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Opinion-- A list of regrets before I graduate
Opinion-- A list of regrets before I graduate
Sal Wiertella March 1, 2024

Scholar Mark Lilla discusses identity politics

Mark Lilla, professor of humanities at Colombia University and author of “The Once and Future Liberal: After Identity Politics,” specializes in intellectual history, with a particular focus on Western political thought. Photo by: Kat Torreano

“The only thing you share with every person of this country is that you’re a citizen,” Mark Lilla said, promoting citizenship as a means of resolving the disconnection between identities and ideologies in the United States.

Presented last Thursday, Lilla’s talk, “Identity and Citizenship,” served as the second installment in the Center for Academic and Intellectual Freedom (CAIF) speaker series titled “Reclaiming Free Speech and Academic Freedom on Campus.”

Lilla proposed to a group of students, faculty and community members that a 40-year history of movement and identity politics caused anti-government sentiments on the right and identity consciousness on the left to form, and both sides altered the meaning of what it means to be a citizen with reciprocal duties.

“On the right, you have an ideology that questions the existence of the common good; it denies our obligation to help our fellow citizens through government action,” Lilla said. “On the left, there’s an ideology that’s been institutionalized in our higher education that fetishizes group and individual attachments and casts suspicion on the word ‘we.’”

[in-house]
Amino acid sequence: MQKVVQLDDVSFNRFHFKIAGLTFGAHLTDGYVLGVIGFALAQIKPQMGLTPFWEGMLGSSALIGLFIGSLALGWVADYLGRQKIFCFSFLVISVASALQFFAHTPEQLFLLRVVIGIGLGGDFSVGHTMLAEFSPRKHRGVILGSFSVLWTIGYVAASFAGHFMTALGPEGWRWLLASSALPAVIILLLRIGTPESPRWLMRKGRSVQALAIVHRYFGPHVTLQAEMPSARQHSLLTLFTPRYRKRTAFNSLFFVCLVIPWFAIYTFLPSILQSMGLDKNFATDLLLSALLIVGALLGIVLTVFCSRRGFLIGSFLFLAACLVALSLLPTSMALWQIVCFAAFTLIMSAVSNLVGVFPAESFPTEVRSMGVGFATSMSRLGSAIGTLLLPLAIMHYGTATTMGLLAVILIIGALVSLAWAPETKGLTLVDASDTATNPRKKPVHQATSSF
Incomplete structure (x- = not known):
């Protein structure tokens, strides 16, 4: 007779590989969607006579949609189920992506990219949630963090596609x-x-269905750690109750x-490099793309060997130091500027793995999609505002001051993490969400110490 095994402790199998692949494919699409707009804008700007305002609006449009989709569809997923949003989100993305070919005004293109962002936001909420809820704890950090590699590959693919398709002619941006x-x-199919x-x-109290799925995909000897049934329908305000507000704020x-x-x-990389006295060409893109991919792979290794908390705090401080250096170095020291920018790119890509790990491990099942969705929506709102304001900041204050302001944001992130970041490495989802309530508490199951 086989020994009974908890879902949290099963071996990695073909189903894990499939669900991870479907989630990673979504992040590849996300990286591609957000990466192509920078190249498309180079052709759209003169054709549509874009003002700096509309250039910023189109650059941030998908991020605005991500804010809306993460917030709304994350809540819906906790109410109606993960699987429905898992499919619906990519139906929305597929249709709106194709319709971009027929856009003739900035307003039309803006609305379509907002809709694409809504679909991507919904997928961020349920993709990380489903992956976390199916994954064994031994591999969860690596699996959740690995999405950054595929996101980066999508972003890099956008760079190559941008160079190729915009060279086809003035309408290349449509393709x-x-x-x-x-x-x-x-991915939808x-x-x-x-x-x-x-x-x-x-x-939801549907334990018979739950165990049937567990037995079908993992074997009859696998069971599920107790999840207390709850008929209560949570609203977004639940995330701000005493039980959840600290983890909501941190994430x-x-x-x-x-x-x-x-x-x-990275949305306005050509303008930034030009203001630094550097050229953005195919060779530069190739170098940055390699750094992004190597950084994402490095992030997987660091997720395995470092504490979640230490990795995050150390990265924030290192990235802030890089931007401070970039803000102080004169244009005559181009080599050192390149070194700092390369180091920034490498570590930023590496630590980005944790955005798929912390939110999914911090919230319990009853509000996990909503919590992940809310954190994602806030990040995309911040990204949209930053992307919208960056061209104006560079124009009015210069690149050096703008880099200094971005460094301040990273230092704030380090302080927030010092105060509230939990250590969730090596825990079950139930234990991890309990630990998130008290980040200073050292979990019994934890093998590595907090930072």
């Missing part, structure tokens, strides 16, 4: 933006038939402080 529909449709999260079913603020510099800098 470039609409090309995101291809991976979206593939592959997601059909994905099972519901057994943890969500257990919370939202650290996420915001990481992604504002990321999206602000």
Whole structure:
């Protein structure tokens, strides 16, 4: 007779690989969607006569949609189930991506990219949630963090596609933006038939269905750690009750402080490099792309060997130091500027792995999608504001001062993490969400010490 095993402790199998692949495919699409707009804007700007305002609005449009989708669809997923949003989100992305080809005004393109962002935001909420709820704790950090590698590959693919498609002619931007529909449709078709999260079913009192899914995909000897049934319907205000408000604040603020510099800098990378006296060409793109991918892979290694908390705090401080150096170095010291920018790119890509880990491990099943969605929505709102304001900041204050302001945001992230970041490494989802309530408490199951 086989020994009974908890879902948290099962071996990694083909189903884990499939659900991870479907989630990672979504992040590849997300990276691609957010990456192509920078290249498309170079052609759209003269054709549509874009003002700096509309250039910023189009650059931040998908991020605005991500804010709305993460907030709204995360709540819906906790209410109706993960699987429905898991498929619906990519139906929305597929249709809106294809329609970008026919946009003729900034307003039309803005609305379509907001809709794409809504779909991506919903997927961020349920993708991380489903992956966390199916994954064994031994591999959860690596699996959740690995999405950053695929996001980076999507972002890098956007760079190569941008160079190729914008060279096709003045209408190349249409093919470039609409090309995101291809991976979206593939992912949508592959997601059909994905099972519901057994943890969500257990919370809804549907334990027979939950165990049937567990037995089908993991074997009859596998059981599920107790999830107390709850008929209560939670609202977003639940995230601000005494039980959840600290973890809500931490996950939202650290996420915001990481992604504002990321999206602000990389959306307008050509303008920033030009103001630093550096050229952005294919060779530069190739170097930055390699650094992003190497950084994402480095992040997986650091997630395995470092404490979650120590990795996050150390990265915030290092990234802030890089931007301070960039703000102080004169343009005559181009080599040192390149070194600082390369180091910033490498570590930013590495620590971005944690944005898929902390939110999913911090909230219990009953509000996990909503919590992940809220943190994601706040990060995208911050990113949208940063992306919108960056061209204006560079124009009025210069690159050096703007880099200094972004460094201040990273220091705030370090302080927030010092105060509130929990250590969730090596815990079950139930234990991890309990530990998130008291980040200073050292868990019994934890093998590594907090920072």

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To repair the relationship between citizens, Lilla said the word “we” should be defined in terms that appeal to a collective, democratic imagination or “modern citizenship.”

“The concept of citizenship provides a political language for speaking about a solidarity that transcends our identity attachments without denying that those are there,” he said. “It provides an opening for discussing our duty toward each other.”

Lilla went on to explain how this concept of citizenship applies to identity politics and identity groups.

“The argument goes like this: citizenship is a political status, it’s nothing less and nothing more,” Lilla said. “We can buy two pairs of glasses; in certain respects I belong to a group, a small group, and in certain respects I share a destiny with other people.”

Lilla ended his lecture with a revised definition of liberalism.

“Liberals believe that citizens are not road kill, they are not collateral damage, they are not the tail of the distribution. A citizen is simply by virtue of being a citizen one of us,” Lilla said. “All we can do is to try to persuade over time, through education, the country’s tribes that appealing to our shared citizenship and trying to sure it up, is in every group’s interest.”

After concluding his lecture, Lilla welcomed questions from the audience. Nearly 10 were put forward, the first of which came from senior biology major and NMU College Democrats member Lucy Meyer-Rasmussen. She asked how a civic education could be brought back into schools.

Lilla said, “Universities are central because teachers and political leaders come out of them, but it begins by teaching our teachers and our professors to challenge some of these ideas.”

English writing major freshman Wesley Copeman found Lilla’s talk to be advantageous in understanding his book,“The Once and Future Liberal: After Identity Politics.”

“Lilla clarified a couple of points and elaborated on a couple of points, but the takeaway from the talk and the book is identity politics is destroying America,” Copeman said. “But to me, it’s no longer politics, it’s a personal attack on citizens and realistically, to solve these issues, it will be up to current students.”

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